Today, the first Saturday after gay marriages began in New York City, 24 same-sex couples will marry in Central Park at Merchant’s Gate, on the corner of 59th Street and Central Park West. The Pop Up Chapel was an idea born among friends — including local software developer Josh French, Gothamist editor Jen Carlson, writers Lindsay Robertson and Tyler Coates, and legal minister Bex Schwartz, whose day job is as a writer and director — in the wave of excitement over gay marriage passing on the evening of June 24. Now it’s actually happening! We spoke with Schwartz, as well as Anja Winikka of the Knot, which is acting as wedding planner for the event, and one of the couples who will be married there this evening, Dese’rae L. Stage and Katie Marks, who are, respectively, a photographer and a licensed massage therapist. They’re both 28.
Stage told us, “We were already planning a wedding in Boston, that’s next year. We found out they were working on passing this law, and we thought, If this really happens maybe we should just get married. We sent Pop Up Chapel a message and said we were interested.
“We’ve picked our closest local friends and a couple of friends are coming from Miami to see the ceremony. And we’re still doing Boston next year, so our parents can come. It was kind of one of those things, to be a part of history…
“We’re wearing the most obnoxious outfits in the world! [Katie] got a magenta, not traditional, dress. I’m wearing skinny jeans, a vest, and pink Chuck Taylors. We just wanted to go fun. They’re giving us everything free, from cupcakes to wine to the officiant to the photographers.”
As for how they met…well, it happened on the Internet. “We’ve known each other since we were 12, and went to middle school and high school together,” said Stage. “We weren’t friends, but in 2008, we connected through the Internet. We went from sending each other messages to texting to phone calls. We’re both from Miami, but she was still there, and I went down and visited and was like, Maybe this is going to be important. She moved up in April 2009.”
Pop Up Chapel will feature 23 more such adorable couples, with weddings happening all day long from 11 a.m. until 7 p.m. in chapels specially designed for the occasion. (One is called “Kiss,” made from honeycomb cardboard, resembling an open helix. The other consists of rainbow-colored ribbons.) Throughout the day ceremonies will be interspersed by performances from Tony Award nominee and Broadway Impact co-founder Rory O’Malley (The Book of Mormon), Broadway star Elizabeth Stanley (Cry Baby, Million Dollar Quartet), singer/songwriter Mike Doughty, and actor/comedian/host/emcee Dave Holmes.
Of the Knot’s involvement, Winnika told us, “We’ve always had gay weddings content on our site, and as soon as the legislation passed, we knew we had to do something. We jumped right in to Pop Up. Basically, we’re the wedding planner. Everything is free of charge; there’s the photographer, the bubbly, witnesses — each couple has up to 12 guests, and, of course, wedding cupcakes — they get 12 cupcakes for their guests, and one large one to cut and share, in their choice of flavors.” (Flavors include red velvet, chocolate with chocolate frosting, and yellow cake, among the various combinations.)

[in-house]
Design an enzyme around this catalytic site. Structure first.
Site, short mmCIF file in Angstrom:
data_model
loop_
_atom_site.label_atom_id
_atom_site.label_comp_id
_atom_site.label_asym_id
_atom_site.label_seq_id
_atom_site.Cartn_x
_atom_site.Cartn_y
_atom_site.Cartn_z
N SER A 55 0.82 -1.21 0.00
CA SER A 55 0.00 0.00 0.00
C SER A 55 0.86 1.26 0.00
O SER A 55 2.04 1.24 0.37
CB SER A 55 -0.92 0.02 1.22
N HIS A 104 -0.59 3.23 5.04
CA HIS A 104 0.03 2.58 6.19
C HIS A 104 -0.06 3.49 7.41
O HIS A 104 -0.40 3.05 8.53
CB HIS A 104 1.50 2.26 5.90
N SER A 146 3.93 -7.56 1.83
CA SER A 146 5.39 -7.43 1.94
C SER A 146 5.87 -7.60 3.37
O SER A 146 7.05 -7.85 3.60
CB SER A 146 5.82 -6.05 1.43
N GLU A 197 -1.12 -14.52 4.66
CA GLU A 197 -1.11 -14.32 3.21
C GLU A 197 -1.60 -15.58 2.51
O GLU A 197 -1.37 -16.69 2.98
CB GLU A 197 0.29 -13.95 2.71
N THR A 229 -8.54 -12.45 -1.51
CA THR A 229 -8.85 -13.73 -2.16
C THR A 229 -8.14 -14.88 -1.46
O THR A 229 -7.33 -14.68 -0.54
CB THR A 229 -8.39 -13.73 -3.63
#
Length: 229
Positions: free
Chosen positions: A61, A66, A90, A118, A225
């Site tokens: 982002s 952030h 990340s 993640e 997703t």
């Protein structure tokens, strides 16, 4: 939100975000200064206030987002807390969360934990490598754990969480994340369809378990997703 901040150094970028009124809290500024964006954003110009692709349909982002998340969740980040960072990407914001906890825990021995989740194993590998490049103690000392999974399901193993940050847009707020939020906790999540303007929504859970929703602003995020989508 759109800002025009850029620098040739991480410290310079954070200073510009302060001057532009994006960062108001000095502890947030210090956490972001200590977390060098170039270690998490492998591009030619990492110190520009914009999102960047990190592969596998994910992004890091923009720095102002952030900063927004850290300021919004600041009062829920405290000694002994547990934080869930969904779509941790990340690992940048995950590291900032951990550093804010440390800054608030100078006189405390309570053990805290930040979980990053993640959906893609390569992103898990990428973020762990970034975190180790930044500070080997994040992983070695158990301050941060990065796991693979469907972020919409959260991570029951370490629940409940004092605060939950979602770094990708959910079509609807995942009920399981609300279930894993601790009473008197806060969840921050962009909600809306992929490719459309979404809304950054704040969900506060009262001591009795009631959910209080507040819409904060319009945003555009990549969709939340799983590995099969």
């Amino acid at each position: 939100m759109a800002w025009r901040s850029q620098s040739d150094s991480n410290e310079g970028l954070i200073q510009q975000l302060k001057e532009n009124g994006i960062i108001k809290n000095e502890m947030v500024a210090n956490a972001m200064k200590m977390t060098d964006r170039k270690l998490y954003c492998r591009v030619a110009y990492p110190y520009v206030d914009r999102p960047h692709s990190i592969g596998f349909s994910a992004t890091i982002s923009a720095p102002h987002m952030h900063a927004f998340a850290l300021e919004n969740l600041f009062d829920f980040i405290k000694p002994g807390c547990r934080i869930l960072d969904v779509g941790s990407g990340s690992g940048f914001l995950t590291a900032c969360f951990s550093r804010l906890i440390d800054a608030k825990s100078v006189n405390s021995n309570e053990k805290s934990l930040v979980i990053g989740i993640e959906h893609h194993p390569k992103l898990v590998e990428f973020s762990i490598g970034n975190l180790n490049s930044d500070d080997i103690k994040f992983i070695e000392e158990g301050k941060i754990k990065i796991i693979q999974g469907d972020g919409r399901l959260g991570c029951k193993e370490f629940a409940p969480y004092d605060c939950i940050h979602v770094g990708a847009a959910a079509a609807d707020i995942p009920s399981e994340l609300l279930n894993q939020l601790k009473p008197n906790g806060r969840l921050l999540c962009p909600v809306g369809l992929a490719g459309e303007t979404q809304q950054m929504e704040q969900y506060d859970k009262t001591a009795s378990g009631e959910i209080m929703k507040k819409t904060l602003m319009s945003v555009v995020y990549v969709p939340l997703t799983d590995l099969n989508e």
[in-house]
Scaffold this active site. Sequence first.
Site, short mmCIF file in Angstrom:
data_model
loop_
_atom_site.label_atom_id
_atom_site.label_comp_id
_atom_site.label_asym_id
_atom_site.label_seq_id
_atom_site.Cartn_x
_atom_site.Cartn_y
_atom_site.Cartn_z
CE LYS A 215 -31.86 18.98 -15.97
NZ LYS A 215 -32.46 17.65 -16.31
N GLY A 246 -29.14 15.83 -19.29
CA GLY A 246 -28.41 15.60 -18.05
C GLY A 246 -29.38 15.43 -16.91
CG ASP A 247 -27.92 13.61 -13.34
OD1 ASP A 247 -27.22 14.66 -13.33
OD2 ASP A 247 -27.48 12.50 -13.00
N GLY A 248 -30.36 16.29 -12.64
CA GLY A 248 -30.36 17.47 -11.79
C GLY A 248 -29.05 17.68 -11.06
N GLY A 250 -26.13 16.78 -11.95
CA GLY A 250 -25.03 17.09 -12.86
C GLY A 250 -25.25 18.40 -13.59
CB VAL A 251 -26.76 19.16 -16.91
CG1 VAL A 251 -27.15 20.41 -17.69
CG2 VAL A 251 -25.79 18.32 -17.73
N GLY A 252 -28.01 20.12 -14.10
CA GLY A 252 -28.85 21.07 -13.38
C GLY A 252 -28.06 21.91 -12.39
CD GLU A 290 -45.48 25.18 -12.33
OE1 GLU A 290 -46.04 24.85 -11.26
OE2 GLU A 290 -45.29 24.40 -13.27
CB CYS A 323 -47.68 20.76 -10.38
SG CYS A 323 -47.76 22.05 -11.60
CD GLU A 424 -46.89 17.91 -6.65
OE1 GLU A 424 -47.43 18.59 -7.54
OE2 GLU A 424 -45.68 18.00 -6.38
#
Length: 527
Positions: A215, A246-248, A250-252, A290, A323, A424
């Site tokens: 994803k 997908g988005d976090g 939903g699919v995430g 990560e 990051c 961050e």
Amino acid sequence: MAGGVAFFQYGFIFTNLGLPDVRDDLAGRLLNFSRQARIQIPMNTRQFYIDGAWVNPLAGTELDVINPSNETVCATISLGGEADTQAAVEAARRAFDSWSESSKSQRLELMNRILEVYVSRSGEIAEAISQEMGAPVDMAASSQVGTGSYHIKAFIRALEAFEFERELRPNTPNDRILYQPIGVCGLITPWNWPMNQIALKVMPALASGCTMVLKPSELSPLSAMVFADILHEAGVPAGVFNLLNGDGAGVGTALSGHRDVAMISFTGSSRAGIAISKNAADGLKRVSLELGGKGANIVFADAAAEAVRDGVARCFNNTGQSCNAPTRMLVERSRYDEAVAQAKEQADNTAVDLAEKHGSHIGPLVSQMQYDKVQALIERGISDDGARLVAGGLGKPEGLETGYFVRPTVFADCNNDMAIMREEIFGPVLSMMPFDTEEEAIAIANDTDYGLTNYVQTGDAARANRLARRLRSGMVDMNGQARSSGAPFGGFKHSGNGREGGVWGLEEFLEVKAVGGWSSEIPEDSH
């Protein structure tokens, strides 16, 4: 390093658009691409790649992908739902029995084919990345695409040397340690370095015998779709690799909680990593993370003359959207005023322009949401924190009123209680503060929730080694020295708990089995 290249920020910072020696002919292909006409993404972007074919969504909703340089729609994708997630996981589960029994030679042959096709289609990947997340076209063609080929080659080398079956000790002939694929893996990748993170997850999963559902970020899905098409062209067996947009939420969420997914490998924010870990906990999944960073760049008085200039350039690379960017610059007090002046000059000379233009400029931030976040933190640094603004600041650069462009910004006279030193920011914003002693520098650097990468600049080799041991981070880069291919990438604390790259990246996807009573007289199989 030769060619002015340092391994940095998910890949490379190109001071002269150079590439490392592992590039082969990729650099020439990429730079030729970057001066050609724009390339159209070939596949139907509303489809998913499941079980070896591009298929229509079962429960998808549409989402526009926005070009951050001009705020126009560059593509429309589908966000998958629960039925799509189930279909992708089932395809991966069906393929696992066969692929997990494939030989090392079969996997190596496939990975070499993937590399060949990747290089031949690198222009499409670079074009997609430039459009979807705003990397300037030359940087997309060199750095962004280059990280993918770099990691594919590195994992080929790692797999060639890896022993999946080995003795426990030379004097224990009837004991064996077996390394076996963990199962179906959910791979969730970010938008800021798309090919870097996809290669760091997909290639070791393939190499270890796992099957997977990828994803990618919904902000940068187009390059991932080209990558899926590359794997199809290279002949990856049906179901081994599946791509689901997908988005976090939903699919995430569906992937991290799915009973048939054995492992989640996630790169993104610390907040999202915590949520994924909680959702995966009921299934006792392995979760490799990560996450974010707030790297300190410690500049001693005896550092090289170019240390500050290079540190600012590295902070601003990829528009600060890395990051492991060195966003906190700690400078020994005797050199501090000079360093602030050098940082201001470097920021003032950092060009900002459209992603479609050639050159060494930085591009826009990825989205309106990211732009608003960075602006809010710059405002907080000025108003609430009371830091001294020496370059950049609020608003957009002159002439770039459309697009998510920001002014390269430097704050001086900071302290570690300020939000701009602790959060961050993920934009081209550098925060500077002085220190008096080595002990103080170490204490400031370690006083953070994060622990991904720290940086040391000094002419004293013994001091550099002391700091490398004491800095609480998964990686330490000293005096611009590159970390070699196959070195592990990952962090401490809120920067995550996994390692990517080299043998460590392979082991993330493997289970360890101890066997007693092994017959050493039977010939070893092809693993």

“It’s a lot of coordination, one wedding times 24,” said Winnika. “I think it’s going to be really pretty.”
Bex Schwartz, who will be officiating a couple of the weddings herself, told us, “We’re this scrappy gang of people with day jobs; we didn’t know what would go into this. Everyone’s been so supportive. The Knot came to us. David Stark came to us to help with flowers. We had competitions to design the chapels. We haven’t really had to ask.”
Yet, for a scrappy gang of people, helped by volunteers numbering in the hundreds, things seem pretty organized. Schwartz said, of today, “People will arrive, check in, and be assigned to their chapel. They can meet with our stylists. Then the couples will gather and walk down the aisle. Each ceremony will be around 15 minutes long.” There are 14 volunteer officiants, including Schwartz, and couples have been assigned their slots based on religious preferences as well as their personal backgrounds, which vary wildly, as do their ages — ranging from 23 to 60-something — and residences — from the Bronx to Westchester to Manhattan to out of state.
“It’s really a Benetton ad of diversity,” said Schwartz. One of the couples she’ll marry today has a Jewish Buddhist background, like her own. So, how does it feel to have this all come together?
“I haven’t really thought about it, but I don’t have any time!” she said. “I’m really blown away. So much time is spent saying, I should do this thing, and then you never do it. Here’s an idea that began on a tipsy celebration and it’s really happening…It wouldn’t be possible without the support of New York City. I’m so happy to do something to support the fact that all New Yorkers are considered equal.”
As Stage wrote in her wedding questionnaire (all couples filled one out so Pop Up could arrange a ceremony to their tastes):
I will say that even though we’re the two most opposite people I’ve known, I have never, ever felt so unconditionally loved in my life. A lot of people have trouble understanding our humor and the bluntness we each carry as a defense, but Katie is one of the kindest people I’ve ever met. When she loves you, she means it, and you know it. No matter how many circles we talk ourselves into, Katie always has this way of shoring us up and bringing us back to the simplest truth: that we love one another, and that we’re a team.
“This is going to be the no-stress wedding,” she said on the phone with us earlier this month.
This article from the Village Voice Archive was posted on July 30, 2011